AUDIE CORNISH, HOST:
Thousands of U.S. military medics are deployed around the world from war zones to hospitals. For the last five years, almost all of them have trained in San Antonio, where military medical training is evolving as warfare is changing. Texas Public Radio's Wendy Rigby reports.
WENDY RIGBY, BYLINE: To prepare medics to treat wartime casualties, the military devises ways to expose and prepare them for the kind of chaos they'll encounter in combat.
(SOUNDBITE OF EXPLOSION)
RIGBY: A mock bomb goes off.
UNIDENTIFIED MAN #1: Let's go. Let's go.
RIGBY: It's smoky. Lights flash. People shout. The bloody wounded are dying. It feels so realistic, almost like you're in the middle of an attack even though this is a safe training room in San Antonio.
UNIDENTIFIED MAN #2: What do you do?
DONALD PARSONS: So this is a marketplace somewhere in the Middle East. A suicide bomber came in and blew himself up, blew up a bunch of soldiers and civilians.
RIGBY: That's Donald Parsons with the Army's department of combat medic training.
UNIDENTIFIED MAN #2: You got pressure on there?
RIGBY: The war zone simulator recreates real-life pressure. The trainees can feel what it's like when seconds matter and lives are saved and lost.
MICHAEL EASTERLING: It was pretty cool. It was a lot of fun.
RIGBY: Twenty-two-year-old Private Michael Easterling is one of the medics, corpsman and technicians from all branches of the military training at the Medical Education and Training campus at Fort Sam Houston. On any given day, 5,000 men and women train here.
UNIDENTIFIED WOMAN: You are taking entirely too long.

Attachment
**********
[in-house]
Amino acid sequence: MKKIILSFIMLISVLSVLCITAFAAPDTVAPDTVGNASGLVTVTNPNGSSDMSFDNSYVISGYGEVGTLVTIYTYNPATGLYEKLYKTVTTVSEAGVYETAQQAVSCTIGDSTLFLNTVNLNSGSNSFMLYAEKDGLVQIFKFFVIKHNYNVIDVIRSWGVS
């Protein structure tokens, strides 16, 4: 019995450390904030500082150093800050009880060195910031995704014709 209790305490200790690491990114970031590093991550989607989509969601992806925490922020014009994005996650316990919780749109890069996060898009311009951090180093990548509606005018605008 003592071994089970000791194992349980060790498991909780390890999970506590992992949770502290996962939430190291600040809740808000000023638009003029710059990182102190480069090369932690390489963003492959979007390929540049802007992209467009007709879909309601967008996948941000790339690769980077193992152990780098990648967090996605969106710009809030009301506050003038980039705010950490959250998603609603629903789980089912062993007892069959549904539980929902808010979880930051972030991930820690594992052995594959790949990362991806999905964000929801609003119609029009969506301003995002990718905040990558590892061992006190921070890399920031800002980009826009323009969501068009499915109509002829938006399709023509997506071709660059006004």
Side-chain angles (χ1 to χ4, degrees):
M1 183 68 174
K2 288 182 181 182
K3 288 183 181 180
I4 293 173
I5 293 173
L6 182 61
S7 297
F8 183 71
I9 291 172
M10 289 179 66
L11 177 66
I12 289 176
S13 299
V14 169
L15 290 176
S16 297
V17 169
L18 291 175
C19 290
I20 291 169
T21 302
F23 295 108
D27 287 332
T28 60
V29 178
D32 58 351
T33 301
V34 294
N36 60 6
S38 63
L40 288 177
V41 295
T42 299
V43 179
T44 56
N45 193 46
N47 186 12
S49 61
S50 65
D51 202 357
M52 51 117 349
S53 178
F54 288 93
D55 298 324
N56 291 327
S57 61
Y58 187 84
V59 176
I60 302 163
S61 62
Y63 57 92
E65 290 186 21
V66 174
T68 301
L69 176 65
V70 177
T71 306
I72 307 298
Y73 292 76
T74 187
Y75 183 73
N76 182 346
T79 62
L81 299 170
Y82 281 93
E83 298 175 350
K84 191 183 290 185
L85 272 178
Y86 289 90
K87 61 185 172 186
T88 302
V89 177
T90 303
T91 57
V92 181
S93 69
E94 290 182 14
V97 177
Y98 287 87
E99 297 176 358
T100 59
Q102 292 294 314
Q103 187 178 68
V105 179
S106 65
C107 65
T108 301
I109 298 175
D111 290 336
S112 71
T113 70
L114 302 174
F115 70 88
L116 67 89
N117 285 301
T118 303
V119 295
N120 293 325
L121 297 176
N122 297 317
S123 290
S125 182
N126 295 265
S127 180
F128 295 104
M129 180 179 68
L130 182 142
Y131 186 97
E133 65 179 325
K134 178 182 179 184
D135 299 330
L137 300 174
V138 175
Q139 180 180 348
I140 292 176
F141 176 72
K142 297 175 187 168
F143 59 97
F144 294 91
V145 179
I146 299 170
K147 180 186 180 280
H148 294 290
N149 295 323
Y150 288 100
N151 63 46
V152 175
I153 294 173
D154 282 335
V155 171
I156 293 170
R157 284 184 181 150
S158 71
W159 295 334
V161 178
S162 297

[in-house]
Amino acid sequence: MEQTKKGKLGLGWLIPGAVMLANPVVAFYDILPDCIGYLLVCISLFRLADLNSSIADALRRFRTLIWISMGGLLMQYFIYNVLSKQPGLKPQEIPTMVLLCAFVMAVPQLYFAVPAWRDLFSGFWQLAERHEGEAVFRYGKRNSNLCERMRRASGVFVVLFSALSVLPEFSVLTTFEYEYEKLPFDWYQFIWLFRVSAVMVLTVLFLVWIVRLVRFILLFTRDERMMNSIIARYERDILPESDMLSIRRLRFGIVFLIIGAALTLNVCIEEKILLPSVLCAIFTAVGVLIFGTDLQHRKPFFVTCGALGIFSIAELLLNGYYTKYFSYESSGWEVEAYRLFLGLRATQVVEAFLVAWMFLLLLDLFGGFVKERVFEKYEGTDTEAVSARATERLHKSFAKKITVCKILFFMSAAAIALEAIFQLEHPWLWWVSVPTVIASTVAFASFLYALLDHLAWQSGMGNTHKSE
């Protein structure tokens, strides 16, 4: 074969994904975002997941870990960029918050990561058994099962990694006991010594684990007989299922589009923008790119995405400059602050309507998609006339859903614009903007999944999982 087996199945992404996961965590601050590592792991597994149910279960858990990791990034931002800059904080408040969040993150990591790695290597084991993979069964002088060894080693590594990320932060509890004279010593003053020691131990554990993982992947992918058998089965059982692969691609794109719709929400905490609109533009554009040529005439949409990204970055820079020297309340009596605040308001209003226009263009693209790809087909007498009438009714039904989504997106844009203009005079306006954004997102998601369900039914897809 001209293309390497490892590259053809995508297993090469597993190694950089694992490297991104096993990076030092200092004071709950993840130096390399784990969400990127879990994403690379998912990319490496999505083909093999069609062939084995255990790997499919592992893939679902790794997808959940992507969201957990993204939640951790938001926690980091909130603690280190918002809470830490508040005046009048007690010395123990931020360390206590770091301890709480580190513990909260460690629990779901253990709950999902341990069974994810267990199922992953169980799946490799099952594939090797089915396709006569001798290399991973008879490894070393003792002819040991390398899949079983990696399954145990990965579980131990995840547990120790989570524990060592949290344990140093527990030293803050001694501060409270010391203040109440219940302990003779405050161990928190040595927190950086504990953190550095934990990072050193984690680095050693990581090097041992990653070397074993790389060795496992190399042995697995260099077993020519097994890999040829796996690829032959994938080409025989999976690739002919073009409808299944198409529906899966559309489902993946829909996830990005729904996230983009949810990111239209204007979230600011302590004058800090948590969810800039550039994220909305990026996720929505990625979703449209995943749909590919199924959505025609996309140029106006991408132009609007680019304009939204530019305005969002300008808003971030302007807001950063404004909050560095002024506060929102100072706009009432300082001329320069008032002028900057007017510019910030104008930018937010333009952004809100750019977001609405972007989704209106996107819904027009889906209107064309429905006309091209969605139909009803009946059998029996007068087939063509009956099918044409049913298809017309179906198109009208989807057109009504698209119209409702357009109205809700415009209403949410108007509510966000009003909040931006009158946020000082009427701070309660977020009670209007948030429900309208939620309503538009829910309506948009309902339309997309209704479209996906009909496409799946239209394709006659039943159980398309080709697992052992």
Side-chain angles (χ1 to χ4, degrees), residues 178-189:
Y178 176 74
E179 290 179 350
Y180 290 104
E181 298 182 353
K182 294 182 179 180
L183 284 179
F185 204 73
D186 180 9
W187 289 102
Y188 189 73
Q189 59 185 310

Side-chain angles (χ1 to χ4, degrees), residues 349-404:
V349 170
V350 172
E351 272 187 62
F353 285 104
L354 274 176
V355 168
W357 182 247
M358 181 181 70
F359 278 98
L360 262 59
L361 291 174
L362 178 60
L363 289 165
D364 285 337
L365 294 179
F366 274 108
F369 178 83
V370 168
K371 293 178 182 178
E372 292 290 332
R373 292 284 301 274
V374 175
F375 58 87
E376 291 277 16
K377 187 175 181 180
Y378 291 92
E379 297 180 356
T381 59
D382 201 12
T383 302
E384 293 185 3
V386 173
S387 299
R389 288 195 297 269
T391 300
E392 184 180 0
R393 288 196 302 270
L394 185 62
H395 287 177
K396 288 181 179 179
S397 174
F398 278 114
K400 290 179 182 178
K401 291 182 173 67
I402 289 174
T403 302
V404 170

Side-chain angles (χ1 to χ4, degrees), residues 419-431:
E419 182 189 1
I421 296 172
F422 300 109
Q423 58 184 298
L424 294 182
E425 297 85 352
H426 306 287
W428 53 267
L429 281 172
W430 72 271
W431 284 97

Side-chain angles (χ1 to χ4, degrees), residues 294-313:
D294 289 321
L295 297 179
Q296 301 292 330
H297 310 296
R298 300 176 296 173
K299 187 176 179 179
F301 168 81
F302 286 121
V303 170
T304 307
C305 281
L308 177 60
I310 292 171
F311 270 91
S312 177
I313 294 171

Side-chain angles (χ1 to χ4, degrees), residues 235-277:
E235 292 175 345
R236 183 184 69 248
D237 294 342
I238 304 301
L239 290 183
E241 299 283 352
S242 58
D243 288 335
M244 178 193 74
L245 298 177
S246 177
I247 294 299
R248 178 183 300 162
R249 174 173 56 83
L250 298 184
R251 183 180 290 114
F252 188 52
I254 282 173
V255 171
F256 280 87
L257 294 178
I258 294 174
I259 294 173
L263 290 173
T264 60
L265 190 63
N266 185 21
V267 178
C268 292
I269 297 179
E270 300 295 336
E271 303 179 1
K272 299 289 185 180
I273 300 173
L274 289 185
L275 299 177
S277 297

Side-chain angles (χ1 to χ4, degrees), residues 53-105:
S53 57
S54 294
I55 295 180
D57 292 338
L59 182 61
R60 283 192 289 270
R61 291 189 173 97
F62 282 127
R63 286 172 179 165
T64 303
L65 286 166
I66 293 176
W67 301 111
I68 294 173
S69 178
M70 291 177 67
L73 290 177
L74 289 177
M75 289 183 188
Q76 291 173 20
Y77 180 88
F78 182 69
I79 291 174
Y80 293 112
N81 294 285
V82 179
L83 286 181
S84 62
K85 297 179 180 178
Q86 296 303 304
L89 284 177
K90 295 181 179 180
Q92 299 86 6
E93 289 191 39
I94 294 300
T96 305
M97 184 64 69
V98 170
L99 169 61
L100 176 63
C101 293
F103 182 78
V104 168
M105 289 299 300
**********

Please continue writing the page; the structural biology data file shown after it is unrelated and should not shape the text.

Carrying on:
RIGBY: The pressure is intense because the end game is so important. Advances in body armor and armored vehicles help save lives, but better trained and well-supplied medics also make a difference.
COLONEL KEITH MICHAEL JOHNSON: We're saving a heck of a lot more lives on the battlefield.
RIGBY: Figures from the Journal of Trauma and Acute Care Surgery back up what Army Colonel Keith Michael Johnson claims. During World War II, 19 percent of those hurt in combat ended up dying. In Vietnam, 15 percent died. In modern conflicts, the mortality rate has dropped to 9 percent.
PARSON: I came in the Army in 1969.
RIGBY: Donald Parsons was a medic in Vietnam. He was trained to civilian standards. Now his students learn trauma techniques through a military lens. Call it battlefield medicine.
PARSON: It's dramatically different than it is in treating trauma in the civilian community because it addresses the underlying tactical situation.
RIGBY: Starting in 2004, soldiers in the Army began to carry tourniquets in first aid kits. Medics used to be discouraged from using tourniquets, fearing an increase in amputations.
UNIDENTIFIED MAN #3: Let's go. Let's go.
RIGBY: Forty years ago, morphine was the standard painkiller on the front lines. In 2011, medics began to include other effective drugs in their kit, including fentanyl and ketamine, alternatives that don't carry the risks of slowing breathing or lowering blood pressure too far.
UNIDENTIFIED MAN #4: What's the dosage for TXA?
RIGBY: Transfusions in the field help the wounded who are hemorrhaging and in shock. In 2012, evacuation helicopters started carrying packed red blood cells and plasma to get life-saving therapy to the wounded sooner.
For service members like Private Easterling, stepping into this fake Middle Eastern marketplace in San Antonio makes the training they get in the classroom all the more relevant.
EASTERLING: This gives us the hands-on training that we need so that we get more prepared for when we eventually end up going out to the field and doing our jobs.
RIGBY: Army information gathered over the last 15 years from Iraq and Afghanistan shows if frontline military medical personnel can get the wounded to the hospital alive, 97 percent of them will live to tell their story. For NPR News, I'm Wendy Rigby in San Antonio.
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